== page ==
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Q&A: North Carroll Soccer Club leaders on decision to cancel spring season, what’s to come this summer

North Carroll Soccer Club organization officials recently made a move that many of its fellow rec leagues have dealt with since the coronavirus pandemic altered the sports landscape.

NCSC’s in-house spring season was canceled for 2020 because of COVID-19, but the organization is trying to keep its players and soccer community connected to the game. Plans for shared videos on social media pages are in the works, according to the league’s website.

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The Times caught up with president Matt Grastorf and North Carroll Rec Council vice president John Woodley to get their thoughts on how the corornavirus forced the NCSC’s decision, and what lies ahead for the future.

Q: What went into making the tough decision to cancel the spring soccer season?

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Grastorf: This was a tough decision and at the time it was made our decision there was little to no guidance available for our program. Our NCSC program council members met in twice mid-March to determine best course of action. Ultimately it decided that it would be very unlikely to have a complete season, and that many of our families may be facing financial hardships, so we opted to cancel the spring season and provide refunds to all our program registrants for the in-house program.

Woodley: On the travel soccer side of the house the considerations were a little different because the program only had a small number of teams competing this spring. Each competing travel team had to wait on the league(s) they participated in, [Central Maryland Soccer Association] and/or [Eastern Development Program], to make cancellation decisions. Some of our travel teams also had to await tournament cancellation decisions. At the time of this correspondence, all Mid-Atlantic tournaments were cancelled or postponed until further notice. The CMSA Spring 2020 season was cancelled in April. The EDP Spring 2020 season still has not been cancelled.

Q: Are there any alternatives the program might go for this summer to help keep kids active?

Grastorf: Currently there are no summer plans as the in-house program offers sessions in the fall and spring and only hold field permits during that time frame. The program was all ready to go in spring 2020 and if the opportunity does present itself, in the time frame we have field permits, we will try to have some scrimmage weekends to get the kids back on the pitch. Unfortunately, this may be a slim possibility, but we are holding on to hope.

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Woodley: For NCSC travel teams, like Matt stated we have hope that we will be able to get the players back on the pitch soon. In typical years, NCSC travel teams begin preparation right after July 4 for the preseason summer tournament run through Labor Day, and then proceed to league play. With COVID-19, we must follow even more closely the guidance of [Carroll County Rec and Parks]. Right now, CCRP has suspended all formal practice and game activity for all youth sports in Carroll County until June 30. We hold hope they will not have to extend the suspension of activities, but we will follow CCRP’s guidance for the safety of the families, players, and volunteers we serve.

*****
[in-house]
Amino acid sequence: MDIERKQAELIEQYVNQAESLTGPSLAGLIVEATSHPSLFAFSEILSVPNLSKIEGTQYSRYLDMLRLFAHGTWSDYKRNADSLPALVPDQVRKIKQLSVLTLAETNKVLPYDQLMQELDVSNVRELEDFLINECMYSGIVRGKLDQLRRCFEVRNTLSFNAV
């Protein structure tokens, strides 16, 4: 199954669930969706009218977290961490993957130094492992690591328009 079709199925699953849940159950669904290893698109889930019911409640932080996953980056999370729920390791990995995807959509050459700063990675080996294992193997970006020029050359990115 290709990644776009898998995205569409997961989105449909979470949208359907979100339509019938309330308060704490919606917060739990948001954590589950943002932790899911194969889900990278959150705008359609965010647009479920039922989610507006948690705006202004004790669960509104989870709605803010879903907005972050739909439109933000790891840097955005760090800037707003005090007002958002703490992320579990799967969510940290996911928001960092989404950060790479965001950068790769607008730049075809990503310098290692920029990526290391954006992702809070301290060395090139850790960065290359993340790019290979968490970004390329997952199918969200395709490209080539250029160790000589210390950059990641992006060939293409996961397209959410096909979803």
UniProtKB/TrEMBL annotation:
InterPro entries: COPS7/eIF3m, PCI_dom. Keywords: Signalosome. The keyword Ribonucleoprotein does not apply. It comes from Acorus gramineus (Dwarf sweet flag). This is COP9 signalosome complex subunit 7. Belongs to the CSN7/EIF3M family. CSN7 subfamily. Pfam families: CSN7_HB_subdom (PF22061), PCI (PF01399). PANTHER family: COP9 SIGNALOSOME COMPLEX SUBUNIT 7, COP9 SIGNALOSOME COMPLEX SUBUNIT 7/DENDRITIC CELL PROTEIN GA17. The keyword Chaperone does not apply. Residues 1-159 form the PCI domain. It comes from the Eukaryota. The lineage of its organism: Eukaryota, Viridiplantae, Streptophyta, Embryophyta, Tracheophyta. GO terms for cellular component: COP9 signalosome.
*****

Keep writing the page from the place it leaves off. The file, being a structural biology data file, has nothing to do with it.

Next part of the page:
Q: How has the pandemic affected North Carroll Rec so far and what sort of feedback have you received since the cancellation?

Woodley: The pandemic has negatively impacted [North Carroll Rec Council] programs in many ways. Most important, is that the NCRC cannot provide its traditional opportunities to the youth of our community and county while they have fun learning competition and sportsmanship. The feedback has mostly been positive, but all are very disappointed on so many levels with the civil limits and health concerns that do not allow us to carry out a normal existence. The real challenges for all recreation councils is how to provide options for those high school aged participants primed to compete in college showcase competitions. We all send positive prayers to these players because they a getting the double-whammy since the spring high school seasons were cancelled. Hopefully, we can get those players back on the field soon. The other challenge is making certain we have a detailed understanding of how each program has been financially impacted and provide the necessary support to ensure the outlook for all are positive. Luckily, the NCRC has sound leadership and a strong financial foundation.

Q: How do you think it will affect the program moving forward?

Grastorf: Honestly, we don’t know. Currently we are making plans for the fall season. This includes plans for a normal season, a shortened season (if things are closed down again), or no season at all. We are hopeful things will return to normal soon and that Local, State, and Federal governments will provide some guidelines to help organizations such as ours form policy and procedures to ensure that volunteers, players and their families, can participate.

Woodley: The NCRC plans for the best and prepares for the worst, COVID-19 or no COVID-19. At this point, all of our NCRC programs will prepare for future activities until we receive more guidance from the CCRP. Currently we are all living a conundrum due to COVID-19: personally, organizationally, and governmentally. The conundrum to be fixed is we all have to find the proper balance, comfort, and confidence to reintegrate into the new normal of our lives and hopefully get to a point where we maximize personal life expression and participation and minimize the death count. I believe our families and volunteers are considerate and strong enough to get the ball rolling, if given the opportunity. We patiently await the opportunity.

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